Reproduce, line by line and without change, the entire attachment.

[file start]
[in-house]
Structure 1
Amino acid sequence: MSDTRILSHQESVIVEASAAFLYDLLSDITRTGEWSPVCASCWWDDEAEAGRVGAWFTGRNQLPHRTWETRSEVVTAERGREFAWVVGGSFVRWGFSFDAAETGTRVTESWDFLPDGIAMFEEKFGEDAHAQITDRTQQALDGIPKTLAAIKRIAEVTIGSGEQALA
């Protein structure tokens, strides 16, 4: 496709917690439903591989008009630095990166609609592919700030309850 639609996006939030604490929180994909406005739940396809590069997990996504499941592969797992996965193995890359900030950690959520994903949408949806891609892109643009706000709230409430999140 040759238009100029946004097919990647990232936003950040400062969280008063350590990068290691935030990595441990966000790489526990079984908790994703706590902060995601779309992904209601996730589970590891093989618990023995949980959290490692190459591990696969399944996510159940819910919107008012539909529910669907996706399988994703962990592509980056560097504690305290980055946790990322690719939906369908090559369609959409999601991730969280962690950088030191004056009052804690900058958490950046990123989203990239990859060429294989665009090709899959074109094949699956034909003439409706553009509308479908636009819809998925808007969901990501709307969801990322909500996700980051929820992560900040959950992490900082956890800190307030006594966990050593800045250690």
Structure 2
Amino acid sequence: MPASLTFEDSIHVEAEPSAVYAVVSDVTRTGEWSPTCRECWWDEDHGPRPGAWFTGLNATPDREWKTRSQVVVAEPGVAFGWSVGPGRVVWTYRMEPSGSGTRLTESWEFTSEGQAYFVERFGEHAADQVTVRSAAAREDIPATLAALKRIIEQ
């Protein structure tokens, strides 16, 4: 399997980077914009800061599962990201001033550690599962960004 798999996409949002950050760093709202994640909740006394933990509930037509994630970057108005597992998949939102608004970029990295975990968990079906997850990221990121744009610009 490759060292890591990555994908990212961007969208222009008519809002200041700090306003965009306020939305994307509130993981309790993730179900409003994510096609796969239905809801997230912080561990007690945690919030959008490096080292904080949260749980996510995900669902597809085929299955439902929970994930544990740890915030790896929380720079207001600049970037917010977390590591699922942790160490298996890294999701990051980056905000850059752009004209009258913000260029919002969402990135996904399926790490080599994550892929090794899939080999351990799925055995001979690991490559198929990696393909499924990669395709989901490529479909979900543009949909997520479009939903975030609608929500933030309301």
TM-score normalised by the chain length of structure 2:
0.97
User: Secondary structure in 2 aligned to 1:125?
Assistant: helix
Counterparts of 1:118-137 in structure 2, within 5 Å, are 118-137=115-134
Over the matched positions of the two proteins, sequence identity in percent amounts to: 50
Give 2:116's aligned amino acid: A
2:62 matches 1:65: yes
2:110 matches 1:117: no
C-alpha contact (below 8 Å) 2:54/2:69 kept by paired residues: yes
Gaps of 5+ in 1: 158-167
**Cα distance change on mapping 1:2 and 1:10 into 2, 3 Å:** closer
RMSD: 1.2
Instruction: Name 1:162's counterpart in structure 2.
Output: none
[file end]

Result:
[in-house]
Structure 1
Amino acid sequence: MSDTRILSHQESVIVEASAAFLYDLLSDITRTGEWSPVCASCWWDDEAEAGRVGAWFTGRNQLPHRTWETRSEVVTAERGREFAWVVGGSFVRWGFSFDAAETGTRVTESWDFLPDGIAMFEEKFGEDAHAQITDRTQQALDGIPKTLAAIKRIAEVTIGSGEQALA
């Protein structure tokens, strides 16, 4: 496709917690439903591989008009630095990166609609592919700030309850 639609996006939030604490929180994909406005739940396809590069997990996504499941592969797992996965193995890359900030950690959520994903949408949806891609892109643009706000709230409430999140 040759238009100029946004097919990647990232936003950040400062969280008063350590990068290691935030990595441990966000790489526990079984908790994703706590902060995601779309992904209601996730589970590891093989618990023995949980959290490692190459591990696969399944996510159940819910919107008012539909529910669907996706399988994703962990592509980056560097504690305290980055946790990322690719939906369908090559369609959409999601991730969280962690950088030191004056009052804690900058958490950046990123989203990239990859060429294989665009090709899959074109094949699956034909003439409706553009509308479908636009819809998925808007969901990501709307969801990322909500996700980051929820992560900040959950992490900082956890800190307030006594966990050593800045250690």
Structure 2
Amino acid sequence: MPASLTFEDSIHVEAEPSAVYAVVSDVTRTGEWSPTCRECWWDEDHGPRPGAWFTGLNATPDREWKTRSQVVVAEPGVAFGWSVGPGRVVWTYRMEPSGSGTRLTESWEFTSEGQAYFVERFGEHAADQVTVRSAAAREDIPATLAALKRIIEQ
């Protein structure tokens, strides 16, 4: 399997980077914009800061599962990201001033550690599962960004 798999996409949002950050760093709202994640909740006394933990509930037509994630970057108005597992998949939102608004970029990295975990968990079906997850990221990121744009610009 490759060292890591990555994908990212961007969208222009008519809002200041700090306003965009306020939305994307509130993981309790993730179900409003994510096609796969239905809801997230912080561990007690945690919030959008490096080292904080949260749980996510995900669902597809085929299955439902929970994930544990740890915030790896929380720079207001600049970037917010977390590591699922942790160490298996890294999701990051980056905000850059752009004209009258913000260029919002969402990135996904399926790490080599994550892929090794899939080999351990799925055995001979690991490559198929990696393909499924990669395709989901490529479909979900543009949909997520479009939903975030609608929500933030309301």
TM-score normalised by the chain length of structure 2:
0.97
User: Secondary structure in 2 aligned to 1:125?
Assistant: helix
Counterparts of 1:118-137 in structure 2, within 5 Å, are 118-137=115-134
Over the matched positions of the two proteins, sequence identity in percent amounts to: 50
Give 2:116's aligned amino acid: A
2:62 matches 1:65: yes
2:110 matches 1:117: no
C-alpha contact (below 8 Å) 2:54/2:69 kept by paired residues: yes
Gaps of 5+ in 1: 158-167
**Cα distance change on mapping 1:2 and 1:10 into 2, 3 Å:** closer
RMSD: 1.2
Instruction: Name 1:162's counterpart in structure 2.
Output: none